What is the Difference Between Deferred Adjudication and Probation?
A judge may sentence you to probation if you are found guilty of a crime. During the probationary period, you may be required to attend frequent hearings, fulfill community service requirements, and pay a fine. If you fulfill the requirements of your probation, you will not be sent to prison or jail but the crime will still go on your record.
A judge may choose to place you on deferred adjudication if there is sufficient evidence to find you guilty. Instead of giving you a guilty verdict, the judge may decide to defer that verdict and place you on community supervision, i.e. probation. Once you serve your probation period and fulfill all of the requirements, you will never be found guilty of that crime that you were accused of. If you fail or violate your deferred adjudication, the judge can sentence you to any of the penalties within the range of punishment for your crime.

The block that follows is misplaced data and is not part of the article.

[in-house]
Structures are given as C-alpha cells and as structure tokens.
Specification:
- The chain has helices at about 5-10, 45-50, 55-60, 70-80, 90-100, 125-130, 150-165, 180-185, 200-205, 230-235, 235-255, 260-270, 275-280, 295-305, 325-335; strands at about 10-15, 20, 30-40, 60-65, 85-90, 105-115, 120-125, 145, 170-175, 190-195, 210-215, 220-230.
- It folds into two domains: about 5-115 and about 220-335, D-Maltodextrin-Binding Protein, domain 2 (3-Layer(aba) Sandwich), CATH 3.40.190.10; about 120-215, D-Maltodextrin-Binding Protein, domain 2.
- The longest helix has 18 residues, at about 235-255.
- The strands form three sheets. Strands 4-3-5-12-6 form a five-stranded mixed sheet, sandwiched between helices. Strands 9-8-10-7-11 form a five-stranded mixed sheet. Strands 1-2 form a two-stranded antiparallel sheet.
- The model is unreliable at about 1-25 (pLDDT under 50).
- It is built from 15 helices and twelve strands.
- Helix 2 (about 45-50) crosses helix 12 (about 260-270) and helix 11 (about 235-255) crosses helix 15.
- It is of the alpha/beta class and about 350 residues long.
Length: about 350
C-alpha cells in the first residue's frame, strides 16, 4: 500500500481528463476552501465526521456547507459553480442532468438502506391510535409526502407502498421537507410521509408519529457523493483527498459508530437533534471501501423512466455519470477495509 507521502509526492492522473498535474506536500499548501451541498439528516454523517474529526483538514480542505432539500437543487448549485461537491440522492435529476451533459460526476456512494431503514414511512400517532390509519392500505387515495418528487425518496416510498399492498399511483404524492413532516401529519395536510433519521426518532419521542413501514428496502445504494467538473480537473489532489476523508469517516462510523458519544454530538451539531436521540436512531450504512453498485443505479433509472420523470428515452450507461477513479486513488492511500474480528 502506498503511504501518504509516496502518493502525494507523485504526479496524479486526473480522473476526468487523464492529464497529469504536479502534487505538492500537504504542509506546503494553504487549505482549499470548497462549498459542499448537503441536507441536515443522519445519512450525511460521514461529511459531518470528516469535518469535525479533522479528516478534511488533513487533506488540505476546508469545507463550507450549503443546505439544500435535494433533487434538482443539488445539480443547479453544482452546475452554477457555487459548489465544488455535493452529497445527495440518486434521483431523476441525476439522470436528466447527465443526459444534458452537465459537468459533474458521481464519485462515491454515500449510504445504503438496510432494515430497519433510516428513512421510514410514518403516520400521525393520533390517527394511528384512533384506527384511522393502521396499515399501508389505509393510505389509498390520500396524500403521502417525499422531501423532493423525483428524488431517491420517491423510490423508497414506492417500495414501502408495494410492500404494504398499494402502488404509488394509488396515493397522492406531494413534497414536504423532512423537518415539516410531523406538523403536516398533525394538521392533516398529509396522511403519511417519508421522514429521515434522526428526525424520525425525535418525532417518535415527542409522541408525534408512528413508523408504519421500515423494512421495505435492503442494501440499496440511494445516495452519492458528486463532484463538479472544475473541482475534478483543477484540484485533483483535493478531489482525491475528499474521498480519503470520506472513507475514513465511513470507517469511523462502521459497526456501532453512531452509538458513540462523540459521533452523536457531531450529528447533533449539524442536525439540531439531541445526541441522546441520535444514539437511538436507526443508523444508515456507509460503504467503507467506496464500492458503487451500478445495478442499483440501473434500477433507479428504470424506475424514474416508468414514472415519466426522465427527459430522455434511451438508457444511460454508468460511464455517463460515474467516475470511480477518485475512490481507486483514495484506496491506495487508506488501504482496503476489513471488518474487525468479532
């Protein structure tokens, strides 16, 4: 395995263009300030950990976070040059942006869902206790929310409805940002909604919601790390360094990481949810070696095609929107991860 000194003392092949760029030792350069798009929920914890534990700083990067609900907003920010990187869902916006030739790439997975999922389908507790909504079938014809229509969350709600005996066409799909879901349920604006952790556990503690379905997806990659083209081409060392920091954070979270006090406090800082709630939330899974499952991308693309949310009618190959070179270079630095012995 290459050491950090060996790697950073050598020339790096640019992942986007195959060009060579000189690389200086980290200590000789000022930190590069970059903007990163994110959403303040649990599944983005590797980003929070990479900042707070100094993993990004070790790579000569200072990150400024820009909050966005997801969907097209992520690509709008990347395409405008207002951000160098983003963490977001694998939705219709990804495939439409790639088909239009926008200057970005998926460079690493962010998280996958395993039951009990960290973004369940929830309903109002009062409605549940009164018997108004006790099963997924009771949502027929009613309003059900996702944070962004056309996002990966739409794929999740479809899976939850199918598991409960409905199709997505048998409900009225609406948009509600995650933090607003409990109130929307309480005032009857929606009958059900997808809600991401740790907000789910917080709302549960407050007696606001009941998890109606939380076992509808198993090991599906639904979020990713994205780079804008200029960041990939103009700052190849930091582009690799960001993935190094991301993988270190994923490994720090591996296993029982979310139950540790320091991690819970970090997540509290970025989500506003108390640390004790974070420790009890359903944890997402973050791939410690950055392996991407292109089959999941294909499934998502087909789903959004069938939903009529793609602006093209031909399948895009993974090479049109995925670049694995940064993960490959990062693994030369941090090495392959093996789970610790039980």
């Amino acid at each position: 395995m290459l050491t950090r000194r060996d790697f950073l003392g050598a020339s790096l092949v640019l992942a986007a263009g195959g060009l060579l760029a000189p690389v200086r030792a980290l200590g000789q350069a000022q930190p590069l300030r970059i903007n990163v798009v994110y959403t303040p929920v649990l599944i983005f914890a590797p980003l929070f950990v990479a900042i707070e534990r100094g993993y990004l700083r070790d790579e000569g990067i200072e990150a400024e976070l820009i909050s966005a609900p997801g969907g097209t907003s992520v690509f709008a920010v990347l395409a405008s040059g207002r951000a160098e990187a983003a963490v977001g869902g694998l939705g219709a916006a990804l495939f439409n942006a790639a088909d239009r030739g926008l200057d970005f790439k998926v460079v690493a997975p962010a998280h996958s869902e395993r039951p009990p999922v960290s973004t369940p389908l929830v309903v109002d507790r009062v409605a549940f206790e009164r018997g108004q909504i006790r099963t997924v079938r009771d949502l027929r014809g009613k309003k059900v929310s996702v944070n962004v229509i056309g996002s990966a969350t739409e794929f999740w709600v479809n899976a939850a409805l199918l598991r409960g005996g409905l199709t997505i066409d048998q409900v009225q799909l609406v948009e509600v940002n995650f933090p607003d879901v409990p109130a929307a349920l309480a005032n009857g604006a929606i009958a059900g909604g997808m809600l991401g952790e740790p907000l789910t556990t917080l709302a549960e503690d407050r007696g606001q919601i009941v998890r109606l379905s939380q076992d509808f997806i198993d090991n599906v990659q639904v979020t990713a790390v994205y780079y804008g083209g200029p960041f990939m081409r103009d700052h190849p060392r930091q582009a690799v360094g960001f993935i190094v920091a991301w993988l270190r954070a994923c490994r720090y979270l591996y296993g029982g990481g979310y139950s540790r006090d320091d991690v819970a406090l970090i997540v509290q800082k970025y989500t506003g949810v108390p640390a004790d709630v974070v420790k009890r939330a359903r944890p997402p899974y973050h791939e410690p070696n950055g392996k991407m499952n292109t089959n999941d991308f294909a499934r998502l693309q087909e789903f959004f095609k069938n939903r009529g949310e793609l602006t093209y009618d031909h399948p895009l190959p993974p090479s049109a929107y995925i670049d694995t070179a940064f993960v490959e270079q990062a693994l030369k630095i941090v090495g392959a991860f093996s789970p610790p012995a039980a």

With the recent amendment to the Government Code §411, the practical benefits of deferred adjudication have increased even more. Now, defendants are allowed to file a Petition of Nondisclosure in certain instances. If you are given deferred adjudication, you can honestly tell employers that you have never been convicted of a crime. Keep in mind, however, that deferred adjudication will still appear on their records because it is not the same as a dismissal. Texas law does not allow defendants to qualify for deferred adjudication if they are under trial for certain crimes such as DWI.